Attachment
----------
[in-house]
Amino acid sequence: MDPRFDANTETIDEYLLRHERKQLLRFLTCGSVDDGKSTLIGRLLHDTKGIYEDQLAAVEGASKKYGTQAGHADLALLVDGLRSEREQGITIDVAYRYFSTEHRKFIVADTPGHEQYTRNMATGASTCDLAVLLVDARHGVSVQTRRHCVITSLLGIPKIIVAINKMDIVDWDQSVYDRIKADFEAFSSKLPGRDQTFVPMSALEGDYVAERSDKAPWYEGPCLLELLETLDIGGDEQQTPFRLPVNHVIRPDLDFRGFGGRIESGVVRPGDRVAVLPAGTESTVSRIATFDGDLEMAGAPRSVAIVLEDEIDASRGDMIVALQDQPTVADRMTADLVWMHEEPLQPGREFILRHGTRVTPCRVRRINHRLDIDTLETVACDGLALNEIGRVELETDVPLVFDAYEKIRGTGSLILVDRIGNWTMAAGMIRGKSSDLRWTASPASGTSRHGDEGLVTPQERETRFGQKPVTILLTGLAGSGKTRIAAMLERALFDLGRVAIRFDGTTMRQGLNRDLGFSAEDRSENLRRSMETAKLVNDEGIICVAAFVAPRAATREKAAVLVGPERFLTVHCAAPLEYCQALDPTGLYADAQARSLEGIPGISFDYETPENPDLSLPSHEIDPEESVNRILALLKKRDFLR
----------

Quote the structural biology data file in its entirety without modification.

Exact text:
[in-house]
Amino acid sequence: MDPRFDANTETIDEYLLRHERKQLLRFLTCGSVDDGKSTLIGRLLHDTKGIYEDQLAAVEGASKKYGTQAGHADLALLVDGLRSEREQGITIDVAYRYFSTEHRKFIVADTPGHEQYTRNMATGASTCDLAVLLVDARHGVSVQTRRHCVITSLLGIPKIIVAINKMDIVDWDQSVYDRIKADFEAFSSKLPGRDQTFVPMSALEGDYVAERSDKAPWYEGPCLLELLETLDIGGDEQQTPFRLPVNHVIRPDLDFRGFGGRIESGVVRPGDRVAVLPAGTESTVSRIATFDGDLEMAGAPRSVAIVLEDEIDASRGDMIVALQDQPTVADRMTADLVWMHEEPLQPGREFILRHGTRVTPCRVRRINHRLDIDTLETVACDGLALNEIGRVELETDVPLVFDAYEKIRGTGSLILVDRIGNWTMAAGMIRGKSSDLRWTASPASGTSRHGDEGLVTPQERETRFGQKPVTILLTGLAGSGKTRIAAMLERALFDLGRVAIRFDGTTMRQGLNRDLGFSAEDRSENLRRSMETAKLVNDEGIICVAAFVAPRAATREKAAVLVGPERFLTVHCAAPLEYCQALDPTGLYADAQARSLEGIPGISFDYETPENPDLSLPSHEIDPEESVNRILALLKKRDFLR